Major Gifts Officers, To Enter or Not Enter Data?

Major Gifts Officer works with prospective donors to obtain funds and coordinate stewardship, among many other tasks. When it comes to data, there are often two schools of thought regarding the Major Gifts Officer’s role in data entry.

  1. The Major Gifts Officer should only be able to view enough information in the Constituent Relationship Management (CRM) platform to do their job.
  2. The Major Gifts Officer should actively input the information when directly interacting with a donor.

We discuss the pros and cons of each option to help you decide whether to task your Major Gifts Officer with entering data or not.

Major Gifts Officer Granted Read-Only Access

Granting a Major Gifts Officer read-only access is the look, but don’t touch model. The idea behind this is that institutions don’t want to burden the Major Gifts Officer with this entry-level, tedious task.


Here’s what to consider.




The read-only access model keeps your gift officer focused on fundraisers and activities rather than data entry. Your gift officer is a highly-paid resource. Not requiring them to enter data is being fiscally responsible.


Major Gifts Officers are likely better suited to creating strategy, building relationships, connecting with donors and faculty, and identifying opportunities to support donors’ philanthropic vision and impact.




By only granting your Major Gifts Officer read-only access to your data, you are centralizing data entry to a particular group specifically trained and in continuous conversation about data quality. This group understands the nuances of the system and data entry and has a straightforward methodology to maintain usable and reliable data.


But they are staying up to date of this valuable information, but your Major Gifts Officer is not. The gift officer is in the middle of the stuff happening while it’s happening—they’re gaining information and know firsthand how the donor feels. Getting as much of that information into the CRM is critical.


If the Major Gifts Officer is not responsible for data entry, you need some way to get the information from them into the system. This transfer of knowledge requires a second step and resources to be able to process the data—that’s instant overhead. It’s purely duplicative work if the person takes the information the gift officer gave them and copies and pastes it into the system.


But what if it’s not a copy-and-paste situation? Maybe the person is required to interpret what the gift officer provided them. For example, information is miscoded and goes through another filter before inputting into the CRM. This scenario allows for information to be lost or misinterpreted—like the age-old game of telephone.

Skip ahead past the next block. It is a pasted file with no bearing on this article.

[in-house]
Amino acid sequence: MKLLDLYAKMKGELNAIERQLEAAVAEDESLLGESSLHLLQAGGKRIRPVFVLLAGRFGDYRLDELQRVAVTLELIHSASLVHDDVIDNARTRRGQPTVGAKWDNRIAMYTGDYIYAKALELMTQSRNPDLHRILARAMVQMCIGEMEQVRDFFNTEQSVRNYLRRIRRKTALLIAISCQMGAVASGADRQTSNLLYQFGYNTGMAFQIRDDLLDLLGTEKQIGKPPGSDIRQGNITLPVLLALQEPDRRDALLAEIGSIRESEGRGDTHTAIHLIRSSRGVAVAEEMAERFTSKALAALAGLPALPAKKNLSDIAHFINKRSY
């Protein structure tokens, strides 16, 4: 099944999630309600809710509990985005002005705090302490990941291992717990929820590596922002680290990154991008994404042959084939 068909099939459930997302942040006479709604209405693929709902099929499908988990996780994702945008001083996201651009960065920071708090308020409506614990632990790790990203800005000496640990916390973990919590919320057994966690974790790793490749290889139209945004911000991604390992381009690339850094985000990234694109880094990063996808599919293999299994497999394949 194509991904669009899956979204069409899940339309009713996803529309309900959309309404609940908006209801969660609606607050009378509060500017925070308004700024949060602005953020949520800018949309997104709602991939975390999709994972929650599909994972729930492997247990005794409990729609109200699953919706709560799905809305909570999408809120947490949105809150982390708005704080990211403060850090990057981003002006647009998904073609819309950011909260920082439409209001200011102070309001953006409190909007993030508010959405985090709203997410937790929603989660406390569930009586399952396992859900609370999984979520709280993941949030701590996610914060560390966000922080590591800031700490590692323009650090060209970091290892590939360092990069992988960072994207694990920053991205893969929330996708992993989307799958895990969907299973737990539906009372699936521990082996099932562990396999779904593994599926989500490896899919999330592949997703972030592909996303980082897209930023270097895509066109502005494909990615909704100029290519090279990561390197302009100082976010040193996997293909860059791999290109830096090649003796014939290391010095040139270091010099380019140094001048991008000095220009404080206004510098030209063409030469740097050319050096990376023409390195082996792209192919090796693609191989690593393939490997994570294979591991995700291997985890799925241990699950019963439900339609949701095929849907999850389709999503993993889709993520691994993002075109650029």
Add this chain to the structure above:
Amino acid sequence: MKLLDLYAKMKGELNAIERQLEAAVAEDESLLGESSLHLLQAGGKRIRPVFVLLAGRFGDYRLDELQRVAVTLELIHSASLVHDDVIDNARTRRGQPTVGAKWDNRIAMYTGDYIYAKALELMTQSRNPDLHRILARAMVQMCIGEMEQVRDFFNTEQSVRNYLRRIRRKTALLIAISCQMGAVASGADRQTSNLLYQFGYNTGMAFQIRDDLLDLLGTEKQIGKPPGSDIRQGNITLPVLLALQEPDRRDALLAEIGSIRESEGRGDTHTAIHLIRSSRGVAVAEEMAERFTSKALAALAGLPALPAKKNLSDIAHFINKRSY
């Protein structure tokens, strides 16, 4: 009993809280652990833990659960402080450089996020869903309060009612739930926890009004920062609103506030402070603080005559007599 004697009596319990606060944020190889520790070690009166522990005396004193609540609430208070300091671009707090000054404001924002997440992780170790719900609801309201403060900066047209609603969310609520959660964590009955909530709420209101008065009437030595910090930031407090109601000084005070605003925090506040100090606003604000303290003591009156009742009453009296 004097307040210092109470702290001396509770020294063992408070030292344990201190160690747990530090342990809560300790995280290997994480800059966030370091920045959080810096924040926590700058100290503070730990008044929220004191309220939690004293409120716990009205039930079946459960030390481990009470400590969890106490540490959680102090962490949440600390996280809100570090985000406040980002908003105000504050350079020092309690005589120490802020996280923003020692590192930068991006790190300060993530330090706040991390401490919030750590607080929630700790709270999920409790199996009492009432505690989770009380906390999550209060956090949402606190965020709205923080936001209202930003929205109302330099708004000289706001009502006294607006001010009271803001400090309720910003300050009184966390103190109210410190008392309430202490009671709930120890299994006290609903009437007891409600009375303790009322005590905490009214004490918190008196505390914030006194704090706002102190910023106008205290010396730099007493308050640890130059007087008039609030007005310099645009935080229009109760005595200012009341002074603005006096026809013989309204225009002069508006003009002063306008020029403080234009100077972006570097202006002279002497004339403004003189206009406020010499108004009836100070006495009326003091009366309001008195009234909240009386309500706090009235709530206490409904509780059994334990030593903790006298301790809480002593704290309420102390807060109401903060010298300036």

Another con is if the Major Gifts Officer never touches the system and is not responsible for data maintenance, do they really have any stake in data quality? If they aren’t responsible for data maintenance, they may view it as someone else’s job. This creates the wrong environment and culture.


Data is an institution’s greatest asset. It’s a downside for the Major Gifts Officer to be entirely removed. 

Major Gifts Officer Required to Enter Data

This model ensures that Major Gifts Officers are at the forefront of the CRM system, and the responsibility to enter data usually comes with a mandate from the Chief Philanthropy Officer.


Here’s what to consider.




When Major Gifts Officers are tasked with data entry, one notable pro is that the information entered comes directly from the source. The CRM system reflects what happened as close as you can get.


Another pro is the gift officer is interacting with the system—it’s not just view only—it’s a genuine interaction that offers a different perspective. Major Gifts Officers may be more inclined to notice errors and offer a more complete profile because they are involved in many interactions.


This level of interaction may motivate them to correct errors if the record is misaligned. For example, the gift officer might notice a donor’s address is outdated if they recently met at the donor’s house.




There is specific training involved in understanding the CRM system from a data entry perspective. And most institutions have additional procedures to maintain data quality. The added responsibility of extensive training sometimes becomes a hardship for Major Gifts Officers.


This issue becomes more complex as gift officers learn additional information they may want to capture in the CRM system. They start to accumulate a training burden, and given the nature of their job, they may be unable to fulfill it. Even with the best intentions, things start to go awry and have a cascading effect—data becomes less usable and reliable. There’s no denying it, data quality is impacted without proper training and understanding of processes and procedures.


Now that you’ve considered your options, both may sound bleak. Our recommendation is to consider a model that’s not either-or. Instead, establish a workflow where Major Gifts Officers enter data firsthand to eliminate duplicative work. If they don’t have entry privileges, determine how to document the information and task someone else with entry. Or consider using guardrails. Guardrails could be helpful tips while entering or validating information.


At the very least, have a formal review process before data is deemed final. A formal review process presents an opportunity to make the workflow prescriptive. This interactive method suggests double-checking existing information in the record for accuracy. And establish balance. This eliminates the trepidation Major Gifts Officers may experience and gets them involved in the CRM system. You need them to be a knowledgeable user for the advancement of CRM.